When a report leaked that Danielle Hunter wanted to become the NFL’s highest-paid defensive end, the situation could’ve turned ugly. After watching Joey Bosa, DeMarcus Lawrence, and Myles Garrett get more than $100 million in their extensions it made sense that Hunter wanted new money.
With Minnesota pressed against the cap, their best option was to reach a compromise. That’s exactly what happened on Monday when Hunter and the Vikings agreed to a restructured contract.
For the Vikings, working something out with Hunter was pivotal to their success this season. Minnesota was caught flat-footed when Hunter went down with a neck injury in training camp last season, and his absence was a major factor in the worst defense Mike Zimmer has ever had. Yannick Ngakoue, who played in only six games for the Vikings, led the team in sacks, so Hunter’s return was a big part of the equation for a defensive rebound.
While the Vikings needed Hunter, they also couldn’t afford to give him an extension. This goes beyond their salary cap issues. They need to find out how Hunter has recovered from his neck injury. If Hunter isn’t the same player, the Vikings would be foolish to dole out $100 million and would have another big contract to work around over the next several seasons. But that’s where it works out for both sides.
Hunter will get an extra $5.6 million converted into a signing bonus for this season in the short term. While it doesn’t give him long-term security, he’ll have the chance to earn it with a strong performance in 2021.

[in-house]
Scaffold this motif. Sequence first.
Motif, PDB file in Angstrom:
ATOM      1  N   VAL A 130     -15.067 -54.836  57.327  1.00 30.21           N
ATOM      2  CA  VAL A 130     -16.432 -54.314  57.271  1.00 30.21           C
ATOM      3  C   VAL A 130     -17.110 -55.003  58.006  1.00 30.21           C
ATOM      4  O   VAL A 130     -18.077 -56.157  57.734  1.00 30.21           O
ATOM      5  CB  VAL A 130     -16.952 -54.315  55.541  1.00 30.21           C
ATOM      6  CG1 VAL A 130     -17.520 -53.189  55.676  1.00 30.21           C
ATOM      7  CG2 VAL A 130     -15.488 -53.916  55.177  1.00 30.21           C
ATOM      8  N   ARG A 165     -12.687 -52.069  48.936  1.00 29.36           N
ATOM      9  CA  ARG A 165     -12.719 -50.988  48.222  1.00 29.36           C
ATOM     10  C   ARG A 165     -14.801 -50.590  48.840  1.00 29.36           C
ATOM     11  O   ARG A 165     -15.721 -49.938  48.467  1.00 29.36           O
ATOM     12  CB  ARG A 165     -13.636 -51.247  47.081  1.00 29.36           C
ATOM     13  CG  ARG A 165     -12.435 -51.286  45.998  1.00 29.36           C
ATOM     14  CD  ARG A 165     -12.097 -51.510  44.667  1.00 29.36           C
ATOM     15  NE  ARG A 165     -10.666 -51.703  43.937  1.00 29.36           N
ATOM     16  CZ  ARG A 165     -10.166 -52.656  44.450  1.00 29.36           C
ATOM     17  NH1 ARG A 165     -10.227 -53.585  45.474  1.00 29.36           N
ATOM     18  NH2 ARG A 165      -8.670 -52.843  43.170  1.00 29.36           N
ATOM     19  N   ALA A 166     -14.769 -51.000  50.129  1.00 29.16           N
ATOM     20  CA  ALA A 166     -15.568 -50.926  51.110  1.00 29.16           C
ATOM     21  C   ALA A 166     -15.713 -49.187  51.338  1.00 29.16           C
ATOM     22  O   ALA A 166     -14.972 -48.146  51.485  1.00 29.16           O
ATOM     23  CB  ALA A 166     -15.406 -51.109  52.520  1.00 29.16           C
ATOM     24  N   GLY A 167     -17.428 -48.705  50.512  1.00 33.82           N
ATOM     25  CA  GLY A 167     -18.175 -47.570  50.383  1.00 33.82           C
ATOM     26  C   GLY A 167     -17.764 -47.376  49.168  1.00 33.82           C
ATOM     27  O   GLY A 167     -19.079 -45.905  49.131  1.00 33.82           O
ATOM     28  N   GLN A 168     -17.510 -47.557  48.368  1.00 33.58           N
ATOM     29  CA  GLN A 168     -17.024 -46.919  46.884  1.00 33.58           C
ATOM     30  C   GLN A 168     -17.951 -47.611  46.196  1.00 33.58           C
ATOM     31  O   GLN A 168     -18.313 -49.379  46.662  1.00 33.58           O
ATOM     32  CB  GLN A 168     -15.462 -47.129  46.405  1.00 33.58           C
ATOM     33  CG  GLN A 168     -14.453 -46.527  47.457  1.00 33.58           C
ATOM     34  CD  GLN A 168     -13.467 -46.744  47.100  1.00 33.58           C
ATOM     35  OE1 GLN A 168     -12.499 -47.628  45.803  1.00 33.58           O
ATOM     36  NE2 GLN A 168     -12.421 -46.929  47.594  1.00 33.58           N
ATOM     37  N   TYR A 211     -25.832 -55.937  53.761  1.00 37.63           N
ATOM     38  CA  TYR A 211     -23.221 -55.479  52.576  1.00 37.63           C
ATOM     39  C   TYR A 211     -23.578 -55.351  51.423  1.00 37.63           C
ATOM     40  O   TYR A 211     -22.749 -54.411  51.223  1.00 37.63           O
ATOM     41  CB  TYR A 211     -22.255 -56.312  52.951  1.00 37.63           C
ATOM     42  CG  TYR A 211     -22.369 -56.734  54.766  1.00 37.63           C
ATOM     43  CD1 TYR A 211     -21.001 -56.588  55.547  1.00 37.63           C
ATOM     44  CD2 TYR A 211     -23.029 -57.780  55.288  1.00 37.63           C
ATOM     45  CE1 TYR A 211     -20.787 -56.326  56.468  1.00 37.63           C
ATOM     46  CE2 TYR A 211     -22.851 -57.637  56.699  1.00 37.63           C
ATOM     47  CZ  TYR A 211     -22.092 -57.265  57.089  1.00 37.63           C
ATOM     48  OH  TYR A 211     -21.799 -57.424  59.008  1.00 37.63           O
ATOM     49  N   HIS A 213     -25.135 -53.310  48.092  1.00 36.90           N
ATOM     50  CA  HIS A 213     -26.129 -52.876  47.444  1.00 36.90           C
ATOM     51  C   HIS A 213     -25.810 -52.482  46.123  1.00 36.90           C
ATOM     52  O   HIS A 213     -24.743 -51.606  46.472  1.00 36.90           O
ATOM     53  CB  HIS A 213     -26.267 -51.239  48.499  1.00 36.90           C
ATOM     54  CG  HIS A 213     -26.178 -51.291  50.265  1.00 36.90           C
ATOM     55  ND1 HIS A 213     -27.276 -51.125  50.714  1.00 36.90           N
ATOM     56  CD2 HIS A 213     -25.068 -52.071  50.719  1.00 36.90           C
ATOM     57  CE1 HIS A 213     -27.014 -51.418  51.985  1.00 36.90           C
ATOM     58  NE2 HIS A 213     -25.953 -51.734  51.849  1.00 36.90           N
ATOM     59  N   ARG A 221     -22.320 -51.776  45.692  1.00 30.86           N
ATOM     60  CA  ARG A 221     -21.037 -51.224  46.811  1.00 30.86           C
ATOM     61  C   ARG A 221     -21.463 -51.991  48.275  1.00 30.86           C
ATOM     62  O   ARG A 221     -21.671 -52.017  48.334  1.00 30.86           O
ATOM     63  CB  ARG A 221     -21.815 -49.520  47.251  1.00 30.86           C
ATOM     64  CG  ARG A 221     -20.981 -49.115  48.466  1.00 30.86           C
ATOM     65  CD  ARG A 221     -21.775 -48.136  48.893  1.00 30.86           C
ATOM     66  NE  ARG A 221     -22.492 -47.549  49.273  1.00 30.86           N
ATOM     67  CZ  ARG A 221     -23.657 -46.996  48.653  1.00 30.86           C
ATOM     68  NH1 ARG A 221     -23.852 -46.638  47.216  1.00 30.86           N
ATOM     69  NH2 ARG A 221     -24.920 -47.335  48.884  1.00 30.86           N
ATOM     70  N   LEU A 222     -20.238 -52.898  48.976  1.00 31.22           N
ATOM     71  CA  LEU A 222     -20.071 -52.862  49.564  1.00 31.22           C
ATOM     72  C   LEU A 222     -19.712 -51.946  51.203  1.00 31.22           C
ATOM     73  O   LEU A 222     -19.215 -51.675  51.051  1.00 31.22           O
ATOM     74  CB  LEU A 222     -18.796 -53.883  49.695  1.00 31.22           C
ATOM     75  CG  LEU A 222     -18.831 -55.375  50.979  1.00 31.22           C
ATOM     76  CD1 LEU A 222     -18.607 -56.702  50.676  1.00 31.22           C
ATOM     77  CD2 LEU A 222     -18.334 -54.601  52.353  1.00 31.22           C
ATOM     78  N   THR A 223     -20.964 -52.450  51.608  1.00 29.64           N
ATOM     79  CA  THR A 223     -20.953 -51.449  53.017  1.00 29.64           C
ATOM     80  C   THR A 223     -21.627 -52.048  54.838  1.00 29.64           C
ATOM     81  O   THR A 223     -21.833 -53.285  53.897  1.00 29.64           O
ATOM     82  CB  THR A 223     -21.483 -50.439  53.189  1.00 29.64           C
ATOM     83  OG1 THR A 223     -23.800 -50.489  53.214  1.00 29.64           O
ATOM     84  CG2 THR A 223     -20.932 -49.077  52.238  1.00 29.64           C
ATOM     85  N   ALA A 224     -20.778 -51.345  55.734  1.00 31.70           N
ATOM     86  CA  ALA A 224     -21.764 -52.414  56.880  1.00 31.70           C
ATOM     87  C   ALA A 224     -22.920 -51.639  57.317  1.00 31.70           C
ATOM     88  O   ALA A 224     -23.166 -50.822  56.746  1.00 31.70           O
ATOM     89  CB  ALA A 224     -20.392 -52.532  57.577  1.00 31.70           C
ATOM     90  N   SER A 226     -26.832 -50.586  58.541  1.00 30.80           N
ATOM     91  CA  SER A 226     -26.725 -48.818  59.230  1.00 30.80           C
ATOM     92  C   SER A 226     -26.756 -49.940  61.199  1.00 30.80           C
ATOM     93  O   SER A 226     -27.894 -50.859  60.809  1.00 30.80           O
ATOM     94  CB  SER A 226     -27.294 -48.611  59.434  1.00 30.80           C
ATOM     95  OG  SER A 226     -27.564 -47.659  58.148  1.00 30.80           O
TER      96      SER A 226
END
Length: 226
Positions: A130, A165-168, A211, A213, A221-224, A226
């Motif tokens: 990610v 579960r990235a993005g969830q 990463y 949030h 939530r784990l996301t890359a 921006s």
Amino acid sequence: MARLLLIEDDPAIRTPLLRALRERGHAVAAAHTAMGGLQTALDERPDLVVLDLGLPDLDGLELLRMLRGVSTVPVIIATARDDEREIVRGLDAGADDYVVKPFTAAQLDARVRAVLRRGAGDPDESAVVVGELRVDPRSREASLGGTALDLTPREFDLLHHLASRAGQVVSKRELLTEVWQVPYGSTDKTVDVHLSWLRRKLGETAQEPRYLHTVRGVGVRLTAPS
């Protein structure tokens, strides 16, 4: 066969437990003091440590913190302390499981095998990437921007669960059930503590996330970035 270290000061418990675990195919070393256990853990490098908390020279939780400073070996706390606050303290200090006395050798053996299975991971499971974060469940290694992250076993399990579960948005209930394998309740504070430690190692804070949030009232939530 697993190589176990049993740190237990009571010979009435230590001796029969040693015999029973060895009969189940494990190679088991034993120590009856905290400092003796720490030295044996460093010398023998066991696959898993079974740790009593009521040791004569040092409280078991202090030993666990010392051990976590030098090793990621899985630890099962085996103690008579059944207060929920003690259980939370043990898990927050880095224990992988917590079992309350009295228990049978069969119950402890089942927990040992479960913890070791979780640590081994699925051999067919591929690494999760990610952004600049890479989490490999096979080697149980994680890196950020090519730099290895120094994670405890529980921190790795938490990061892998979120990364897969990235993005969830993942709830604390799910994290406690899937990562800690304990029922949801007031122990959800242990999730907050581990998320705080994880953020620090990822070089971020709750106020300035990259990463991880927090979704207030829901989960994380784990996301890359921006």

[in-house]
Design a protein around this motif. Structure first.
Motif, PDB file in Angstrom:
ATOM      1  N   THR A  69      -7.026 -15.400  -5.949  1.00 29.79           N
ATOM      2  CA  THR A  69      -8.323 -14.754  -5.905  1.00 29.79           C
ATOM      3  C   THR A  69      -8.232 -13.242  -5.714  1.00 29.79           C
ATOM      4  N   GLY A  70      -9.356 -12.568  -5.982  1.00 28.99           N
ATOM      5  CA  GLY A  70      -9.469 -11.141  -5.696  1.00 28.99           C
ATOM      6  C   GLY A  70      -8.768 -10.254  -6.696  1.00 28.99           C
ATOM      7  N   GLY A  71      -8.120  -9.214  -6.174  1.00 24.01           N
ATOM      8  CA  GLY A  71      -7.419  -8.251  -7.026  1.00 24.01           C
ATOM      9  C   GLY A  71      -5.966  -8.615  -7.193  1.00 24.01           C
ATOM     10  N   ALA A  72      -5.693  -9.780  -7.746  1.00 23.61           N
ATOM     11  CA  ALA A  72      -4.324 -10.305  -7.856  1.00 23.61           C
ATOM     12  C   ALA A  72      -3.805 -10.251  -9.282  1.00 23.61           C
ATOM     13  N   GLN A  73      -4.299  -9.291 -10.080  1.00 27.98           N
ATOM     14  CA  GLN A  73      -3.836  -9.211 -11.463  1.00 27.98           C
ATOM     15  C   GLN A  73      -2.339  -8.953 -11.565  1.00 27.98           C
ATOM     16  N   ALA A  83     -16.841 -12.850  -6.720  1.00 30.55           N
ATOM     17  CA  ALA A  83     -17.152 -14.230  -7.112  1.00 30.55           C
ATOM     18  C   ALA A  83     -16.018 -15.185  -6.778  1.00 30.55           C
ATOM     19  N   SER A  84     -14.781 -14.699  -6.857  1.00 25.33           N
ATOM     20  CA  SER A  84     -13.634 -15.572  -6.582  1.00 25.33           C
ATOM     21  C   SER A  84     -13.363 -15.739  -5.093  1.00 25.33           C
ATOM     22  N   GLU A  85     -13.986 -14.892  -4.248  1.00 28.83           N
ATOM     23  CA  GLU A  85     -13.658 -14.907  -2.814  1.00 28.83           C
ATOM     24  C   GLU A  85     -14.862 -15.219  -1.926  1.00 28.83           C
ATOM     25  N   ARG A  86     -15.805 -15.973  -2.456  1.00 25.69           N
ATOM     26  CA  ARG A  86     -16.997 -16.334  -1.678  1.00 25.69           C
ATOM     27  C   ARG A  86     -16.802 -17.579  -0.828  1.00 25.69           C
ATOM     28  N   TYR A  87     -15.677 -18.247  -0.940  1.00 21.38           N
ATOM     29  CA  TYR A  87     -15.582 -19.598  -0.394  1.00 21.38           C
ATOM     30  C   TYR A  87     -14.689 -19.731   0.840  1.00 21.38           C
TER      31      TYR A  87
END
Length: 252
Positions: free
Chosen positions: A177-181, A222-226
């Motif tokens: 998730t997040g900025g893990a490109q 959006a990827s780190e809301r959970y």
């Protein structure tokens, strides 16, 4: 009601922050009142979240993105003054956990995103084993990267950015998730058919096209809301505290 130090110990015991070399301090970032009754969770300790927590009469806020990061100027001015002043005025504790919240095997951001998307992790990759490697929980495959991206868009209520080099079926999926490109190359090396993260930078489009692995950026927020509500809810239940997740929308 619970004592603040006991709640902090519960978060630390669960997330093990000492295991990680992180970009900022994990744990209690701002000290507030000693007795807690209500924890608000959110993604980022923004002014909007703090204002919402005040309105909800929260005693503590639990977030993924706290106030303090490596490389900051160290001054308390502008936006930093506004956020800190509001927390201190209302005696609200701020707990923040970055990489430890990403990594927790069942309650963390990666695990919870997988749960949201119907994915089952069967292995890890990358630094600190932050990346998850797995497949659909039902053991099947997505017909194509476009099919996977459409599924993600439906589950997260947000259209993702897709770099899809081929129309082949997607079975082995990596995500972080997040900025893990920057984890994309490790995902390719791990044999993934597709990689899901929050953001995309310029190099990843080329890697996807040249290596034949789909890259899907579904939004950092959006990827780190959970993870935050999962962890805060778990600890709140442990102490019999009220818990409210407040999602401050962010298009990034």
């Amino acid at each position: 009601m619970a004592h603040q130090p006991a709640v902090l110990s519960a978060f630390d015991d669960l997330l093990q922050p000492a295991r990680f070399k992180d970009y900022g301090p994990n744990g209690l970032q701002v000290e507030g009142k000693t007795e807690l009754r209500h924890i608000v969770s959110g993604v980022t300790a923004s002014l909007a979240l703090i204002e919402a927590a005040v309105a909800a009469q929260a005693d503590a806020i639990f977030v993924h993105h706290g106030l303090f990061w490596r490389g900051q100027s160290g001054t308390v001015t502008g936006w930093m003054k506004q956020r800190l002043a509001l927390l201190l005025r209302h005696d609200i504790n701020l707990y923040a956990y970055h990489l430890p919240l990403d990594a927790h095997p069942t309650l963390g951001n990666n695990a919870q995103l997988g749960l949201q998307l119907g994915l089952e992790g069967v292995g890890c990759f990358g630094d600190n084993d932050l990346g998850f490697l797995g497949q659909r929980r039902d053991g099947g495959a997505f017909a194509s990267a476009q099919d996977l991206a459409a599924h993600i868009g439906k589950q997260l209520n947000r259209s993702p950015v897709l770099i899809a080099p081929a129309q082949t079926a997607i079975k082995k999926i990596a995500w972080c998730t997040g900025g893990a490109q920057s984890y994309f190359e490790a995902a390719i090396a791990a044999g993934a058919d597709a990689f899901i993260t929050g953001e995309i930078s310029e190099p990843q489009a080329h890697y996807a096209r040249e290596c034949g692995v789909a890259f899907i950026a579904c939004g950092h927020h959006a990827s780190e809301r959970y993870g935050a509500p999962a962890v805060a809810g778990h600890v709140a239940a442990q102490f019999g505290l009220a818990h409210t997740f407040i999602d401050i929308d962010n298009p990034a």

Hunter’s new contract carries an $18 million roster bonus on the fifth day of the league year in 2022. According to Spotrac, the Vikings had $15.3 million in cap space before Hunter’s restructure. This bonus creates a prove-it year for Hunter, and if he is fully recovered, it creates an interesting scenario for the Vikings.
If Hunter can replicate his output from the 2018 and 2019 seasons, it’s a good idea for the Vikings to pay him. With Anthony Barr’s contract and multiple one-year deals coming off the books next offseason, Minnesota has some cap space to maneuver with and now have a full year to work out an extension.
An extension isn’t the only option the Vikings have. With teams desperate for pass rushers, the Vikings could find a trade partner that would give them more assets in the draft. Should Hunter put up the season he’s capable of, he’ll find the money somewhere, and that could help the Vikings build an even stronger foundation for the future.
Either way, both sides are going to get what they want in 2021. Hunter has more money and a chance to get a big contract next offseason. The Vikings get their star pass-rusher back and a bevy of options next offseason. It’s the way a compromise should work in the NFL, and hopefully, it will lead Minnesota back into relevance.